One of my favorite online comics is The Oatmeal. The creator collaborated with another guy and came up with an incredibly fun card game called Exploding Kittens. I love the game. My teenage daughters love the game. Heck, I've even purchased another box so my college-aged daughter could play it with her roommates. Not only is the card game fun, but they also made a video game version that was on iOS-only for a long time.
Well, no more. Now you can get Exploding Kittens for $1.99 at the Google Play store. It supports playing with random weirdos on the internet (I could be one of those weirdos) and playing with a group of friends. I won't describe the game itself other than to say it's silly, hilarious and fun. Plus, there are lots of awesome graphics drawn by The Oatmeal. In fact, this game is so much fun for such a reasonable price, I'm giving it this month's Editors' Choice award even though it's not open source. Because truly, it's an incredibly fun game that you can play in five minutes while you're doing whatever you might be doing that would facilitate five minutes of quiet time on your cell phone.
Search for Exploding Kittens at the Google Play store, and start playing now!
I hate it when I paste something into a window, only to realize I'd copied something new into the clipboard. I usually end up with eight paragraphs pasted into a login box. To quote my college-aged daughter, the struggle is real.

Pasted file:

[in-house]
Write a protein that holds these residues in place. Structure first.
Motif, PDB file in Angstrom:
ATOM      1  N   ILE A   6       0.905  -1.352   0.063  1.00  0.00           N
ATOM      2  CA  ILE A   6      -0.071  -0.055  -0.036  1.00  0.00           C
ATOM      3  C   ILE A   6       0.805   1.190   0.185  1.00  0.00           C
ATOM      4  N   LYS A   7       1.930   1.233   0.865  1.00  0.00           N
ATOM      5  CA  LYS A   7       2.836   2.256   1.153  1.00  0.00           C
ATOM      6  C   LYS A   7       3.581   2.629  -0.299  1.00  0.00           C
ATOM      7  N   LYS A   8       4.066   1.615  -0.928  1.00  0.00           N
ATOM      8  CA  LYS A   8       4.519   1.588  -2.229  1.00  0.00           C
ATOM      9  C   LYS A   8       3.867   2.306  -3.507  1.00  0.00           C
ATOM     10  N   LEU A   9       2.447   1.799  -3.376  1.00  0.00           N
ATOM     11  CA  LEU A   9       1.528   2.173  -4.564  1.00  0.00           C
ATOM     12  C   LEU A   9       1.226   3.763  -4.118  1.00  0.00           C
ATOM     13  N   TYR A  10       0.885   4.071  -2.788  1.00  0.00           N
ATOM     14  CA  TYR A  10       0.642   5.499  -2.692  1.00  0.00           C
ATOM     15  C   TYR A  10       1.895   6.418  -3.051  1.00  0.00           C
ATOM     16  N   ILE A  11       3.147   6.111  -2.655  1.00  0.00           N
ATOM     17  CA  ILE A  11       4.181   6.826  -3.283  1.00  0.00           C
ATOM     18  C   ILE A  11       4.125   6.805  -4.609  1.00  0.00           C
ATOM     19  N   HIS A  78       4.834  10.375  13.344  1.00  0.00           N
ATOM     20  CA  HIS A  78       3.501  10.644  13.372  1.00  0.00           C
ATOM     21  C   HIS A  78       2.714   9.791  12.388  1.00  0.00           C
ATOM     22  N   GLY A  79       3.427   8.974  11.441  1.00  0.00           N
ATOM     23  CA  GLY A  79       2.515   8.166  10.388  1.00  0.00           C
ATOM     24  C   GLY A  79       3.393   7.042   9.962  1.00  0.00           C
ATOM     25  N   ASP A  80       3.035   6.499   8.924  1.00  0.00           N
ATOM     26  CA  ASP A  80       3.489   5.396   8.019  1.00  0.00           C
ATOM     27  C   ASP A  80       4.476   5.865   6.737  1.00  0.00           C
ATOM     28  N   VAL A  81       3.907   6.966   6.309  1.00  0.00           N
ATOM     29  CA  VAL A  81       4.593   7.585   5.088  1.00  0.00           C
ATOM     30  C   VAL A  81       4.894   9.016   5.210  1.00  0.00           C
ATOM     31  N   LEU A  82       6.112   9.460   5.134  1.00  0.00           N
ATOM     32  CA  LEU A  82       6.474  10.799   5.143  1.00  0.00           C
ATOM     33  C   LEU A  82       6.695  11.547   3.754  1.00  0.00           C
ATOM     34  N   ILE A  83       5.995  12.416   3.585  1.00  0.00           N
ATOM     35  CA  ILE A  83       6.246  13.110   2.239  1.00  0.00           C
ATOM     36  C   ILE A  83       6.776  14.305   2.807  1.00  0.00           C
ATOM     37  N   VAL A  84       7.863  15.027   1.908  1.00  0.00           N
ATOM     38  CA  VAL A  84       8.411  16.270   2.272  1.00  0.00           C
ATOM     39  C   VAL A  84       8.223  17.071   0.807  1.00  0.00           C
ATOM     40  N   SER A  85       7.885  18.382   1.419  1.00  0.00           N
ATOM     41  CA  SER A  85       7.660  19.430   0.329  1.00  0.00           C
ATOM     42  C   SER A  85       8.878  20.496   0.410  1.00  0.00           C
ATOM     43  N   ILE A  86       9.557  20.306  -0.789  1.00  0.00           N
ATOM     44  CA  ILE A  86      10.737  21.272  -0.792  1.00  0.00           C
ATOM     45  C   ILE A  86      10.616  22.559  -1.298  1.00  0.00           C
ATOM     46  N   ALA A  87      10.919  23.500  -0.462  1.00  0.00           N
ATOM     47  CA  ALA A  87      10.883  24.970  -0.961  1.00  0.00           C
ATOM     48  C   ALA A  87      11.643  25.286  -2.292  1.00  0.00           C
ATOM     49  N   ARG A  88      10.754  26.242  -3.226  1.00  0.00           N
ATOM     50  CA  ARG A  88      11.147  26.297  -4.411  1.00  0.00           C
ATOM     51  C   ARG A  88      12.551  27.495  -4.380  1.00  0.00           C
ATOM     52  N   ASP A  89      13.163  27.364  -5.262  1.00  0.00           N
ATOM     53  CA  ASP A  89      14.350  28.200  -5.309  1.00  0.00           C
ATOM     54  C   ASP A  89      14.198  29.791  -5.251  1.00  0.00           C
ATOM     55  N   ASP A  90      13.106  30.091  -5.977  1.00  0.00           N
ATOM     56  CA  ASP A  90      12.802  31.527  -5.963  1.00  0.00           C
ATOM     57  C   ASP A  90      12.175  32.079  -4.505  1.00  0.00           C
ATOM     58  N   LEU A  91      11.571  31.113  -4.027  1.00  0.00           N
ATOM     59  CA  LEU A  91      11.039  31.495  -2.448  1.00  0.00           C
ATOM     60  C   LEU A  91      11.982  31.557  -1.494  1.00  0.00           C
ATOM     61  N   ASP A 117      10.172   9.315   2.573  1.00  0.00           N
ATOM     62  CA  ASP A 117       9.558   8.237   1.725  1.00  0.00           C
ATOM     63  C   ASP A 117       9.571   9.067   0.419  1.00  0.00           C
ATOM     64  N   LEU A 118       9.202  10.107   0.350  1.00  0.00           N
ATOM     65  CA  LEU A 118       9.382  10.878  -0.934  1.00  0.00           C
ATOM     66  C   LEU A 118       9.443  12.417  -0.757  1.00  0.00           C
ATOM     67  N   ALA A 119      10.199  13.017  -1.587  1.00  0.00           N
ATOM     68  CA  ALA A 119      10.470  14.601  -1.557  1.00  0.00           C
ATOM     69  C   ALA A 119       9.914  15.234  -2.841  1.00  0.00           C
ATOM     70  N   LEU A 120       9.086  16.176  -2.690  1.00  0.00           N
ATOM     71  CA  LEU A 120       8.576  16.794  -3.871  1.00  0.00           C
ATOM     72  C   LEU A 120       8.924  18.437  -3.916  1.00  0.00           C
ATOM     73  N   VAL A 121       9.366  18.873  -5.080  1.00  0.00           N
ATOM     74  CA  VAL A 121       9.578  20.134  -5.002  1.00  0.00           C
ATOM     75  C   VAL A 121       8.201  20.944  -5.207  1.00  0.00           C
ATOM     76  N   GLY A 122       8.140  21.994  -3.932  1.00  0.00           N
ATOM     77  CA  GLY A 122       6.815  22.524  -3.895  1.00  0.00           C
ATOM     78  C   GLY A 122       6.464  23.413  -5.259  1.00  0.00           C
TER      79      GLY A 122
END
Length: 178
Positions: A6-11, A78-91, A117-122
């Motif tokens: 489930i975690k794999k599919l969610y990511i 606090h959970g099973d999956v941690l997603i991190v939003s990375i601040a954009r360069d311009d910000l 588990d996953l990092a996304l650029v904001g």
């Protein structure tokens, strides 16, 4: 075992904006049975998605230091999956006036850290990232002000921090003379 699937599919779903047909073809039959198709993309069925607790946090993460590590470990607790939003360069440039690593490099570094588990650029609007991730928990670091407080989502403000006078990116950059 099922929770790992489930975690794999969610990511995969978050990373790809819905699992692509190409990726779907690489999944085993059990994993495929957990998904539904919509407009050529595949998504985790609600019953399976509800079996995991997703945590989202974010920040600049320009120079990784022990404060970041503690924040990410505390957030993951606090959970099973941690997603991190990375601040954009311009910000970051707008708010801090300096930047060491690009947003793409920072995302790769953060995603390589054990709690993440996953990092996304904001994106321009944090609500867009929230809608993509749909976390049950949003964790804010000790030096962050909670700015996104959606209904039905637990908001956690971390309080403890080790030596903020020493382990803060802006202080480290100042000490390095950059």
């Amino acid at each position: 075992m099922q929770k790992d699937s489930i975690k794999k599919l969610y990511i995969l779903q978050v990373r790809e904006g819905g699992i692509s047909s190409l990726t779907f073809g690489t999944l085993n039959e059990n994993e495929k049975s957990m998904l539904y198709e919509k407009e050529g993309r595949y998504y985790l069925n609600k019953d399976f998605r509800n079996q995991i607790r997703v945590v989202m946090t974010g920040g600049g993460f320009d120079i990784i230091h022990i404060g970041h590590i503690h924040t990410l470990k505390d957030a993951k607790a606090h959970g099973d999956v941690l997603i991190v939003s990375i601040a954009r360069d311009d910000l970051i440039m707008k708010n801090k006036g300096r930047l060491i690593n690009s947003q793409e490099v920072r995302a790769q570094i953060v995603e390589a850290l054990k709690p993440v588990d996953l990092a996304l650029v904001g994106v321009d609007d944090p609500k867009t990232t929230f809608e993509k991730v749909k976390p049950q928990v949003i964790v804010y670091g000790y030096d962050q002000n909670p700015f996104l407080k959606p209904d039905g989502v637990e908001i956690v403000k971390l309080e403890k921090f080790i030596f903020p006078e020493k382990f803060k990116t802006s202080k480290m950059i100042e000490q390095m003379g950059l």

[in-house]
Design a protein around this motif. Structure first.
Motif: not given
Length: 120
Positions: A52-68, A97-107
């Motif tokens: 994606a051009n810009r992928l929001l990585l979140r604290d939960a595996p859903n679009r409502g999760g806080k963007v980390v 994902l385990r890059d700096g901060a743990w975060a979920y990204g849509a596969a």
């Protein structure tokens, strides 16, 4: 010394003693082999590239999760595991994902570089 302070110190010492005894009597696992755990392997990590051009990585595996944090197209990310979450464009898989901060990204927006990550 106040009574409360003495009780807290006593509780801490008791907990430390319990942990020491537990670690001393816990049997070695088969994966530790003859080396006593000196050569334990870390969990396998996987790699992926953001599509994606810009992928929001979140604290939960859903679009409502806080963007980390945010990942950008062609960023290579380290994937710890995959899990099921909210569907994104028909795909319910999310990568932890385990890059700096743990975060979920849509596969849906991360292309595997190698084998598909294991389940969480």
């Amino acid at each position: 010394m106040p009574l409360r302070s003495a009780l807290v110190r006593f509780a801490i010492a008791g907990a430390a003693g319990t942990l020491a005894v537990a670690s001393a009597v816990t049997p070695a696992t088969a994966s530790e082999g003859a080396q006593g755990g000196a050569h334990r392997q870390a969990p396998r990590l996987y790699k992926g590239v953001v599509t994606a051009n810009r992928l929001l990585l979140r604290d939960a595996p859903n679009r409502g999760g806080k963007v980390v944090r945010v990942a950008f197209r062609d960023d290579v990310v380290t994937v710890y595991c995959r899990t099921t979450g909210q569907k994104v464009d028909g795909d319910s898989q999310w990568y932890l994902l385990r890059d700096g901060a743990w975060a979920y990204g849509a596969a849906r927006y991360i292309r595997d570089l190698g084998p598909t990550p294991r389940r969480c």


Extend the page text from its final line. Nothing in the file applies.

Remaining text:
Thankfully, it's easy to integrate a clipboard manager into OS X. Several options are available, but my favorite happens to be open source. If you head over to https://github.com/TermiT/Flycut, you'll find Flycut, which is a clipboard manager that quietly records all your clippings and allows you to paste whichever one you want at any given time. By default, if you want to use Flycut instead of the system clipboard, you press Command-Shift-V instead of just Command-V. A screen overlay lets you scroll through previous clippings, and you double-click on the one you want to paste.
Flycut is a very simple tool, but all the best ones usually are. If you've ever accidentally overwritten your clipboard, you owe it to yourself to download Flycut either from the GitHub page or the Mac App store.
Many chemistry software applications are available for doing scientific work on Linux. I've covered several here in previous issues of the magazine, and of them have their own peculiar specialties—areas where one may work better than another. So, depending on what your research entails, you may need to use multiple software packages to handle all of the work. This is where Gabedit will step in to help you out.
Gabedit provides a single unified interface to a multitude of chemistry packages available on your system. It should be available within the package management systems for most distributions. For example, on Debian-based systems, you can install it with the command:
sudo apt-get install gabedit
Once it's installed, start it with the gabedit command. The very first time you start Gabedit, you'll see a series of windows describing all the data directories that need to be created in order for Gabedit to run. The pane on the left-hand side shows a listing of all the chemistry programs you could use for your work. The central pane provides two tabs, one for input and one for results.